The Three Gifts and Their Meaning: a Ludolph commentary

The Three Gifts and Their Meaning: a Ludolph commentary January 16, 2023

As we celebrate the season of Epiphany–of revelation, of universality, of adoration–we follow in the footsteps of the three wise men (and their inevitable companions on the road: servants, armed guards, animal caregivers, etc.).

Much has been written on the symbolism of the three gifts they brought: gold, frankincense, and myrrh. “Bernard suggests that the magi gave the gold to assist the mother and child in their poverty, the incense as a perfume to counteract the fetid odor of the stable, and the myrrh as an unguent for the infant, to soothe and strengthen his weak limbs.” So Ludolph reports.

More interesting, perhaps, are Ludolph’s reflections on the gift-giving that goes on between the baby Jesus and your own soul as you approach him.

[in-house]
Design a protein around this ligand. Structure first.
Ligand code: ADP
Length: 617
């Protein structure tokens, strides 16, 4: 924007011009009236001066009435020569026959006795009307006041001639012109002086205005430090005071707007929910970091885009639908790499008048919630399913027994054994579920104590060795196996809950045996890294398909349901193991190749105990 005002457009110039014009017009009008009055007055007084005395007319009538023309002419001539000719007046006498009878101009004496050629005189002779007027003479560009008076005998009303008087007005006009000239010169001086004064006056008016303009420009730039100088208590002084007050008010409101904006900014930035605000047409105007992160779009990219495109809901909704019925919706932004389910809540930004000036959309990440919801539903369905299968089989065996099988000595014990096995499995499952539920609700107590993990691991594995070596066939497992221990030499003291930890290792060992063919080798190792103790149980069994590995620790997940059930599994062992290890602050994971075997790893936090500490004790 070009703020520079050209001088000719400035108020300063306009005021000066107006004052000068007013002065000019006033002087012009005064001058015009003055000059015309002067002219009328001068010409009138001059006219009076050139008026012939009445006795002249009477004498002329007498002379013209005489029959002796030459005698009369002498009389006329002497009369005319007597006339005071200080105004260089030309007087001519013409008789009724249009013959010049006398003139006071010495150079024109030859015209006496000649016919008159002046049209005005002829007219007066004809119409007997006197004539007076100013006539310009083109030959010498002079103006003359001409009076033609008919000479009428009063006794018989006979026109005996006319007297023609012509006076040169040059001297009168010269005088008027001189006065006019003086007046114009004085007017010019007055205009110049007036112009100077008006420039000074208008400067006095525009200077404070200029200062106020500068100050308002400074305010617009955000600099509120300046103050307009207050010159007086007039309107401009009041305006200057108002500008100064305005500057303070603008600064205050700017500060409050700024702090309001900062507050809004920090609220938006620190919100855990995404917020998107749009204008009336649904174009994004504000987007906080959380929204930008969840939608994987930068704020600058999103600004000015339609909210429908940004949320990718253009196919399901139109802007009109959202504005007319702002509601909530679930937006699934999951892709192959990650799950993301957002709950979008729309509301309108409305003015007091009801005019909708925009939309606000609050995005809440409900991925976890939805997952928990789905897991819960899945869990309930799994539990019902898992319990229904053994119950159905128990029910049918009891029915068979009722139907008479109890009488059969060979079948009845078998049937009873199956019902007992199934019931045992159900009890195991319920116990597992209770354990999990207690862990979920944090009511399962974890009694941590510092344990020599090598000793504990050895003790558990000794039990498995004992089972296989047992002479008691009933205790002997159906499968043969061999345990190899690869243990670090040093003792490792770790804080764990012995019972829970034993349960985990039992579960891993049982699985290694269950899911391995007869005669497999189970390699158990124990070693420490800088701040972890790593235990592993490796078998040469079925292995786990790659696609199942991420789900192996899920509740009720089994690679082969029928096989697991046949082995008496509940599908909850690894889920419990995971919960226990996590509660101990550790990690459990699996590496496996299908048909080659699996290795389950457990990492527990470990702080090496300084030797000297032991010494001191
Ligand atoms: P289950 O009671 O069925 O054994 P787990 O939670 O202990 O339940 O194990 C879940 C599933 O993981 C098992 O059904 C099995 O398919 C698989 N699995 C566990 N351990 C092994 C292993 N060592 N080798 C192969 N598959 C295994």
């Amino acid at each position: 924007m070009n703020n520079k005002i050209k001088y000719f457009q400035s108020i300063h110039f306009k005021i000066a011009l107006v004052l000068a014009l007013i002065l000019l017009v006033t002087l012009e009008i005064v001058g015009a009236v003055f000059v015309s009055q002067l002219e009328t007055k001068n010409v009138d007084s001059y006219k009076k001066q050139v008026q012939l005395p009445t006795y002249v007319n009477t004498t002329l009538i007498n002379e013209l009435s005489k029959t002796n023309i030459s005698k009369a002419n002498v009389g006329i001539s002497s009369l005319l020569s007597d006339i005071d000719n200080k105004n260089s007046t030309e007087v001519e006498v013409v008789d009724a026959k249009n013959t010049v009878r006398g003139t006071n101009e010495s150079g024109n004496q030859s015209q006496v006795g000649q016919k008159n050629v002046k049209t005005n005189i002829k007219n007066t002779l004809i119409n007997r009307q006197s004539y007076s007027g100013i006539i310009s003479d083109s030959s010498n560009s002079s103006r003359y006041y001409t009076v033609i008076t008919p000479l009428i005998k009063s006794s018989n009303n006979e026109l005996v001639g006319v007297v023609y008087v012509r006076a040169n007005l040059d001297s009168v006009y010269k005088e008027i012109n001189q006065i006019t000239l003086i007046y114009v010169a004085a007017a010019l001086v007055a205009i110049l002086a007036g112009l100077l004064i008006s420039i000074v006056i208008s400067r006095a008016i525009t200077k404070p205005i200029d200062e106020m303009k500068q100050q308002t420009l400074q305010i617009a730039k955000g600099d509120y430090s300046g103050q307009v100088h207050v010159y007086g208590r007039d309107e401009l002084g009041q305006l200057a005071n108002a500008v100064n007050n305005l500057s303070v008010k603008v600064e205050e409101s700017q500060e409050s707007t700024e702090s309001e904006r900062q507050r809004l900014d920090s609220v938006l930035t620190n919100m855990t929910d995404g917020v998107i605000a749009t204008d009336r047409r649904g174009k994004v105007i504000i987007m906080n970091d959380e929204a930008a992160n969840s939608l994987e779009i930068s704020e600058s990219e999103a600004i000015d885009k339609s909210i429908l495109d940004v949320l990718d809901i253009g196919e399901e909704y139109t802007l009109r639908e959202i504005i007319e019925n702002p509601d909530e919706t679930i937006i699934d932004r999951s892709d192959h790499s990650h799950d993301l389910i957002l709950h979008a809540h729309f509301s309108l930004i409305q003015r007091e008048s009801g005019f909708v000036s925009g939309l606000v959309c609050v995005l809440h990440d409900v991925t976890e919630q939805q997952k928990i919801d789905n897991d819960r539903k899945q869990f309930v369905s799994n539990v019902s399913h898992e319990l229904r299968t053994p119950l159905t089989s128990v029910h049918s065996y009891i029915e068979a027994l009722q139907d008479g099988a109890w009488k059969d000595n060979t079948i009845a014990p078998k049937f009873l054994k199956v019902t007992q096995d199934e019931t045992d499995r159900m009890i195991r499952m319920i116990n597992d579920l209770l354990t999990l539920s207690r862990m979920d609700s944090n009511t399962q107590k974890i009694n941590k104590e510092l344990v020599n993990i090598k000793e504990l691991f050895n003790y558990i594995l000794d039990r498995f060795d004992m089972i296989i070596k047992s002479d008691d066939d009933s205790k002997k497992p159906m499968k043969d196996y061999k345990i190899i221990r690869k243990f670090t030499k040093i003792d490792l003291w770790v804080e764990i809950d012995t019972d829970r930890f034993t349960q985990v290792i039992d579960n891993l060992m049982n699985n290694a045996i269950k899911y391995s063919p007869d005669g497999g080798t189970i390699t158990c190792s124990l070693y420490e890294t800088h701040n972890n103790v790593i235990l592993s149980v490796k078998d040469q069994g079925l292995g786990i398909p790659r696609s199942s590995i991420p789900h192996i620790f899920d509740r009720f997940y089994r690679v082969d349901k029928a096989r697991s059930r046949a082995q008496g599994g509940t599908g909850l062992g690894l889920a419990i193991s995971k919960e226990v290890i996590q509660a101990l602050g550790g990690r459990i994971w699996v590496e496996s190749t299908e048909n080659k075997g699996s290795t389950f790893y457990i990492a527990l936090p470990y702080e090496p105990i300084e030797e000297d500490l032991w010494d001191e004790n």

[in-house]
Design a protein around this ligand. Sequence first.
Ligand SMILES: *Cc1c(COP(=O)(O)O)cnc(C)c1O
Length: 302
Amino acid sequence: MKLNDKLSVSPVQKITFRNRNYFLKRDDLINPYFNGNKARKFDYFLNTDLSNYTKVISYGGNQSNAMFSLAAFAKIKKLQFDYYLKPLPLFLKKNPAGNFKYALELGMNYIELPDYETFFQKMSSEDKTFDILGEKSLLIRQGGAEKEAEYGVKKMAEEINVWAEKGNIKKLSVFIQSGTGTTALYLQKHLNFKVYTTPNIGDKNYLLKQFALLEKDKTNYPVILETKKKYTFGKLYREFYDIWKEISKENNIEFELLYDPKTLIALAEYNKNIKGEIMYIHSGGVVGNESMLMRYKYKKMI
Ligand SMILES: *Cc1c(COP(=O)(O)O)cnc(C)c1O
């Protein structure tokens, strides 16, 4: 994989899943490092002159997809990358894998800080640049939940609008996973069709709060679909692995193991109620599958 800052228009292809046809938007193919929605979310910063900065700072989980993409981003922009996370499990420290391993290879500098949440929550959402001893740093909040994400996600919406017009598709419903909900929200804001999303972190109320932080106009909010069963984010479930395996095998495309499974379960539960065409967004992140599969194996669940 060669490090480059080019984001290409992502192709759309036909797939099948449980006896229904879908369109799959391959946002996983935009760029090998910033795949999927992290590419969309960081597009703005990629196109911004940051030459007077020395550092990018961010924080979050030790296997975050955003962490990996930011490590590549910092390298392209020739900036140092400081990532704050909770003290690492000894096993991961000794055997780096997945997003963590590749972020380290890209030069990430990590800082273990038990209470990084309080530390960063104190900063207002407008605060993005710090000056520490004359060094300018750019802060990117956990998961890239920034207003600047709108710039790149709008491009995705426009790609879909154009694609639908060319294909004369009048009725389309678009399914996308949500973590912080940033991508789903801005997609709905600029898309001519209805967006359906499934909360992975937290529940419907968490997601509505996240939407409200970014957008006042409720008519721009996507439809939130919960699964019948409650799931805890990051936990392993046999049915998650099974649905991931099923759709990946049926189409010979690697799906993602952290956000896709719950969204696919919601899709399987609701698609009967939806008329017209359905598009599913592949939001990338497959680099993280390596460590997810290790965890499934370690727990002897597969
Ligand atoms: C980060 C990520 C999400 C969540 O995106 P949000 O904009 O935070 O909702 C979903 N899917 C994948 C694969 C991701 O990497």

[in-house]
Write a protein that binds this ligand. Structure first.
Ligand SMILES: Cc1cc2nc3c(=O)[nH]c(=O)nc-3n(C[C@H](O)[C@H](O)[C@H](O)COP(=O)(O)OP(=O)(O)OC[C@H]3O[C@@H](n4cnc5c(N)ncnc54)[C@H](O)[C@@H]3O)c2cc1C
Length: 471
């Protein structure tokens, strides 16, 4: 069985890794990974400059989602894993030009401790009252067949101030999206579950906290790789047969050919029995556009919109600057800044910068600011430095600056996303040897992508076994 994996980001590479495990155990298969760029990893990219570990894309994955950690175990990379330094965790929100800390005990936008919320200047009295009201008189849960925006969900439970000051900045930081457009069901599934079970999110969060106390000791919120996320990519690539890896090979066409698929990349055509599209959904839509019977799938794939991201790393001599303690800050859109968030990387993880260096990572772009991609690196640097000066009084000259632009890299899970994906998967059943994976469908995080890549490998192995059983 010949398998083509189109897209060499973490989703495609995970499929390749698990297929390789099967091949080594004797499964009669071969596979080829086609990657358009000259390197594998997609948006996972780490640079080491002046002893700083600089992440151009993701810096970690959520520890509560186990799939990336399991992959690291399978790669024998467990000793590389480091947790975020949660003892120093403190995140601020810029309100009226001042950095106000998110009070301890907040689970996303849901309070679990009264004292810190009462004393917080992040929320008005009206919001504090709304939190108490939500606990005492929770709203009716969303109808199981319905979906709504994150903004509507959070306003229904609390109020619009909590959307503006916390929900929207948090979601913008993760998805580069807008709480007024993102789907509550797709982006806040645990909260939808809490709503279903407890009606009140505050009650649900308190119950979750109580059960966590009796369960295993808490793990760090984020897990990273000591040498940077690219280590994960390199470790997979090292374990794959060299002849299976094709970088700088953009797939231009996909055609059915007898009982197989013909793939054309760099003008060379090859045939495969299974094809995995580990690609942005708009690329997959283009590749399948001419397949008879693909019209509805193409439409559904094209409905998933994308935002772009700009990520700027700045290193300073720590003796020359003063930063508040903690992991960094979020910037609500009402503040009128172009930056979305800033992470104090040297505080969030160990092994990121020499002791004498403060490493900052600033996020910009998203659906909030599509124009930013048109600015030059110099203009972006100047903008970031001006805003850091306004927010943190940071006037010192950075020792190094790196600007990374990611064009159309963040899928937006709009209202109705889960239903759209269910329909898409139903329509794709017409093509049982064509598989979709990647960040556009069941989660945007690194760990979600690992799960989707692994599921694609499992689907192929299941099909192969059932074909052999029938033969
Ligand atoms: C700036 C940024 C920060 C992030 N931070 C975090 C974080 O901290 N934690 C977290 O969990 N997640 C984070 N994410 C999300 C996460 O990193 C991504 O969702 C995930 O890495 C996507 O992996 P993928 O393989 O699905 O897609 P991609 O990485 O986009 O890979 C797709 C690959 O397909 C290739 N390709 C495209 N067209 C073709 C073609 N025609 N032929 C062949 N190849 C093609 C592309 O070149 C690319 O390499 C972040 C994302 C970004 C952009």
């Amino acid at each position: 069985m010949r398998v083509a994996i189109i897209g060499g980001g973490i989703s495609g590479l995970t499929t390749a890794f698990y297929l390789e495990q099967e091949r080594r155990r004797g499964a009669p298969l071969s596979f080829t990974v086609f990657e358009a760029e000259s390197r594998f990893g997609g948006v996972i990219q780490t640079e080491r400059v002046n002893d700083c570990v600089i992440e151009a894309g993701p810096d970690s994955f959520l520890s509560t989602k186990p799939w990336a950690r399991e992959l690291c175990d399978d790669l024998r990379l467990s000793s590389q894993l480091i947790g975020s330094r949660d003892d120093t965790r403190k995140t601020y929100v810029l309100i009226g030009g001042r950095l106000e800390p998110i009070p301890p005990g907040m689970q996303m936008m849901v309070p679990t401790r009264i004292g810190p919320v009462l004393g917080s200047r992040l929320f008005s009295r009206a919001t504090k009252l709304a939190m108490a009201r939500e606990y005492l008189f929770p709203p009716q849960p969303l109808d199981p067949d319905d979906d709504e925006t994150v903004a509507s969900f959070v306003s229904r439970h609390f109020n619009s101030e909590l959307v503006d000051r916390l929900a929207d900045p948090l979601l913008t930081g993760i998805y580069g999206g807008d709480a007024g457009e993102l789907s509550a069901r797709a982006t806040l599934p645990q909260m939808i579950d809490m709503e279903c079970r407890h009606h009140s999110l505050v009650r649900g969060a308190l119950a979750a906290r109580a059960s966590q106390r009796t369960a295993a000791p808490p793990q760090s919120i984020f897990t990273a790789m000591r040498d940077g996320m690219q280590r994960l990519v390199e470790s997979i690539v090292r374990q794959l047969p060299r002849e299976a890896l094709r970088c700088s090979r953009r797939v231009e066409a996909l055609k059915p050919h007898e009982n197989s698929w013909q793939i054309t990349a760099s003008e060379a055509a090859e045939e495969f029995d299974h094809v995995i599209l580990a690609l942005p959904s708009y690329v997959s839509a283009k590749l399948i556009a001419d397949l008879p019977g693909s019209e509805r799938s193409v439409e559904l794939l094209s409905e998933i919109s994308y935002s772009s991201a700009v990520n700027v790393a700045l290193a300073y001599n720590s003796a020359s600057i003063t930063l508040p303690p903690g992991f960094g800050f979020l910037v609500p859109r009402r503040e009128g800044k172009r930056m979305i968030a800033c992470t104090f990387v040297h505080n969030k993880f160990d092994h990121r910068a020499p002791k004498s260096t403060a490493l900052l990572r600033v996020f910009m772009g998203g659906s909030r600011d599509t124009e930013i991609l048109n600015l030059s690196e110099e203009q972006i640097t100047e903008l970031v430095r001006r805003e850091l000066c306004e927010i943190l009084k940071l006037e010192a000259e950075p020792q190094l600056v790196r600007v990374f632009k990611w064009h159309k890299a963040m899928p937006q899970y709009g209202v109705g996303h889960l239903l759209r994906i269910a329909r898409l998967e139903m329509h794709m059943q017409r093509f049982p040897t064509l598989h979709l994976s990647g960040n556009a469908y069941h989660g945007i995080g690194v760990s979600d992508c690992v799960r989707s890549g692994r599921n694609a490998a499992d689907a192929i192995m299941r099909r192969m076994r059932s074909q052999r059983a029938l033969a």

“Since we have offered to Christ what is his let us also offer what is ours. The fact that we believe he is King, God, and Man is his gift to us; but there are three things we have received from God that can be our gift to him. We have within us three gifts that are pleasing to God, and these we offer him. The first is our soul, symbolized by gold: there is nothing more precious and noble than gold, and there is nothing more valuable, fine, and beautiful than the soul considered in the presence of God. The second is our body, symbolized by myrrh: myrrh is bitter, and the body is made bitter by self-discipline and suffering. The third is holy and honorable conduct in both soul and body: this is symbolized by incense, for as incense only releases its aroma when it is burned by fire, so our manner of living cannot send up its fragrance to God unless it is burned by the fire of tribulation.”

Image via Pixabay.


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